The purpose of these programs is to identify people who have disabilities that preclude the ability to work, or for children, preclude the ability to fully participate in learning activities. Supplemental Security Income (SSI) is financed through general tax revenues. It is based on the need of financial aid and can be referred to as a “need-based program”. The benefits are payable to adults and children who: are disabled or blind, have limited income and resources, and meet the living requirements. The amount a person receives monthly depends on where the person lives, what he or she owes and the amount of monthly income brought in.

Social Security Disability Insurance (SSDI) is funded by social security trust fund and FICA taxes. Receiving SSDI is based on prior work under social security. It is for individuals who are considered “insured” because of their contributions to the social security trust fund. Benefits are payable to: blind or disabled workers, widow(er)s, adults disabled since childhood, to individuals with a physical or mental condition which prevents them from working for at least 12 months or a disabling condition likely to lead to your death. The individual must also be younger than 65 and have worked five (5) out of the last 10 years.  The amount of monthly disability benefit received is based on the social security earnings record of the insured worker.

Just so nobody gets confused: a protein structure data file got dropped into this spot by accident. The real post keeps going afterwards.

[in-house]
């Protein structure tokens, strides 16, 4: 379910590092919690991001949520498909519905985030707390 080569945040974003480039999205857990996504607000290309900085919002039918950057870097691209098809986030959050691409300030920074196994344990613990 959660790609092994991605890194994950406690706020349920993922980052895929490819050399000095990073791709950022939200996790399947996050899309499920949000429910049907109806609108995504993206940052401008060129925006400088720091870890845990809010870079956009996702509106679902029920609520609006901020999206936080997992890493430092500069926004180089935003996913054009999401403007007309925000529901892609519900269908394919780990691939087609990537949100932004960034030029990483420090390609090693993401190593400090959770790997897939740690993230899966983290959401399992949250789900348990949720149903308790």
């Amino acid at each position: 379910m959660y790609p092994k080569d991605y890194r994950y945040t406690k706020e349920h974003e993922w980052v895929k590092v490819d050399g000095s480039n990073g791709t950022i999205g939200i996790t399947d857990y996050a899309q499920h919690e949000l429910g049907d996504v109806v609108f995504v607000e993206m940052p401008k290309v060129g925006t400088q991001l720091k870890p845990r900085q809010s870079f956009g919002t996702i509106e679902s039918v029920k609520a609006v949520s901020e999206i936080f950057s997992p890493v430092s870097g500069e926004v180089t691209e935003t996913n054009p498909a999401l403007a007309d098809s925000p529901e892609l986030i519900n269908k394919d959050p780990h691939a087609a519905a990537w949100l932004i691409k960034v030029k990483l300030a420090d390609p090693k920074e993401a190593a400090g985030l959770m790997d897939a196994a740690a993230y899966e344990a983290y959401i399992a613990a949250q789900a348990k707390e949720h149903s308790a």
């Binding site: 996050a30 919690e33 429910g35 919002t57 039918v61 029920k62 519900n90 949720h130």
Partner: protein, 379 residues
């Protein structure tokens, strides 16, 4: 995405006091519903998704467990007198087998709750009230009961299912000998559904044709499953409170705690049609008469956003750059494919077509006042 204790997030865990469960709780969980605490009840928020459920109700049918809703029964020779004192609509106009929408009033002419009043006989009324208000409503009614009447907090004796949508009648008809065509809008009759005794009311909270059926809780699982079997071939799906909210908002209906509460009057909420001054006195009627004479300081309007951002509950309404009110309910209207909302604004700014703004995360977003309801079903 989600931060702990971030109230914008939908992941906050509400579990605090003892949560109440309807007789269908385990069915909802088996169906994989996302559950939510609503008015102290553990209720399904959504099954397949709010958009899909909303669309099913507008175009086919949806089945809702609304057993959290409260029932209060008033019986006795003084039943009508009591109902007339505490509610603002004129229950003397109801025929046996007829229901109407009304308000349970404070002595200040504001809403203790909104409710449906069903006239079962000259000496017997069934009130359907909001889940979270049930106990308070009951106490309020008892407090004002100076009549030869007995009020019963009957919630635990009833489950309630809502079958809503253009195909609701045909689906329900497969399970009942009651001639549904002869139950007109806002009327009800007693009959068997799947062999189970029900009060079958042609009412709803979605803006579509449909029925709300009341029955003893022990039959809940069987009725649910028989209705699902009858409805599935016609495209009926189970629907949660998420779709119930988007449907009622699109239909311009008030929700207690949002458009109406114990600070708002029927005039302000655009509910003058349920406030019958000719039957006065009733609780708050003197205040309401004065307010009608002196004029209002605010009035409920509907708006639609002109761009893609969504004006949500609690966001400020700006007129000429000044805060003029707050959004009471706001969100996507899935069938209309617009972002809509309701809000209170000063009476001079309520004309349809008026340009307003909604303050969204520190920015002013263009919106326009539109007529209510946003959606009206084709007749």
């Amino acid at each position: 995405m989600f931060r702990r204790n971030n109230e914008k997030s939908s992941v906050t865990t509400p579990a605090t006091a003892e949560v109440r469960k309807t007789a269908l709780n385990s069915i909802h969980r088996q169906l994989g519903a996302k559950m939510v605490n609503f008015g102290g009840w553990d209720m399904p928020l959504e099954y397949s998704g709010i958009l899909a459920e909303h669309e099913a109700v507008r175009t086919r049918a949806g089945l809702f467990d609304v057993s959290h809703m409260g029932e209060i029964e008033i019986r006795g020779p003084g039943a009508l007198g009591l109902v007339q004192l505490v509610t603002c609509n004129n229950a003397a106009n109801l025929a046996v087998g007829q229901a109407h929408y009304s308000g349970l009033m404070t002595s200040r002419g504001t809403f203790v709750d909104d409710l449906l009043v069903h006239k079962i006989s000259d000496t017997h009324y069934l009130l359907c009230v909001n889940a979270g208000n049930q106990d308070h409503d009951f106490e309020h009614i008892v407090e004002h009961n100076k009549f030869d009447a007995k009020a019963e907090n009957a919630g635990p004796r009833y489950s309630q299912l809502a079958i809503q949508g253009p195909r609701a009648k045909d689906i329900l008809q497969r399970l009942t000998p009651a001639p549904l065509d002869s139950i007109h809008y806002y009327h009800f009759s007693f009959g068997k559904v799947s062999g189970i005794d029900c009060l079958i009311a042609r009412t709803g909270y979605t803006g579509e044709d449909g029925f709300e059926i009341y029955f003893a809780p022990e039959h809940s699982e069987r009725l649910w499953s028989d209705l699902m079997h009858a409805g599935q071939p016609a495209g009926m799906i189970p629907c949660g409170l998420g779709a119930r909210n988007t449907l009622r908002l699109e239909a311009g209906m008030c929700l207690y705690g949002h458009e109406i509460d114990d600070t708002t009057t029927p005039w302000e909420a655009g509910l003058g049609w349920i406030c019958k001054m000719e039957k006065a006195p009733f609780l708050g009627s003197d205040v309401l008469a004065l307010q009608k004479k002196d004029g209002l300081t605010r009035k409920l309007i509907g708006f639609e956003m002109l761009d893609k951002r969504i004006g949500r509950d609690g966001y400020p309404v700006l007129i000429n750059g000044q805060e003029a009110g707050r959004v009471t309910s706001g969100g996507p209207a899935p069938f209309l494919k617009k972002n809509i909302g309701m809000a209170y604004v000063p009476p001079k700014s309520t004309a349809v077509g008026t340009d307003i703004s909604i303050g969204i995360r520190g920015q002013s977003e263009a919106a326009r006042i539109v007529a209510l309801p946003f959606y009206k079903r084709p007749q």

Vocational Rehabilitation Services (VRS) vs. Waiver

Vocational Rehabilitation Services (VRS) provides comprehensive, coordinated, effective, efficient and accountable services needed by eligible individuals with disabilities to prepare for, enter, engage in and retain employment consistent with each individual's strengths, resources, priorities, concerns, abilities, capabilities and informed choice.

Developmental Disability (ICF/ID-DD) level of care waivers are for children and adults with a developmental disability, and assist a person to: become involved in the community where he/she lives and works; develop social relationships in the person's home and work communities; develop skills to make decisions about how and where the person wants to live; and be as independent as possible. An individual can receive VRS without a waiver

What is the function of a Service Coordinator, Case Manager, and Direct Support Professional?

A Service Coordinator is a single point of contact to coordinate all services, provide financial case management and advocacy support, identify resources in the community, and coordinate transitions.

A Case Manager assists individuals in obtaining the supports they need to live as independently as possible in their community, by finding and coordinating the available resources and services to meet the person's needs. Case managers also help to plan, monitor and evaluate the person's services, and assist with the process and necessary paperwork. This service coordination, or case management, is often provided by the direct services agency, but may also be provided by the person's family or an advocate, or by a private case manager (such as with Medicaid Waiver services).

Direct Support Professional (or Direct Care Professional/Direct Care Staff) is a person, an agent, or employee of a provider entity who provides hands-on services to an individual while providing any of the following services including, but not limited to: respite, adult foster care, adult day services, supported employment, structured day program, residential based habilitation, transportation, health care coordination, occupational therapy, physical therapy, speech therapy, or behavior management.

What is Person Centered Planning, Individualized Support Plan (ISP), and Notice of Action (NOA)?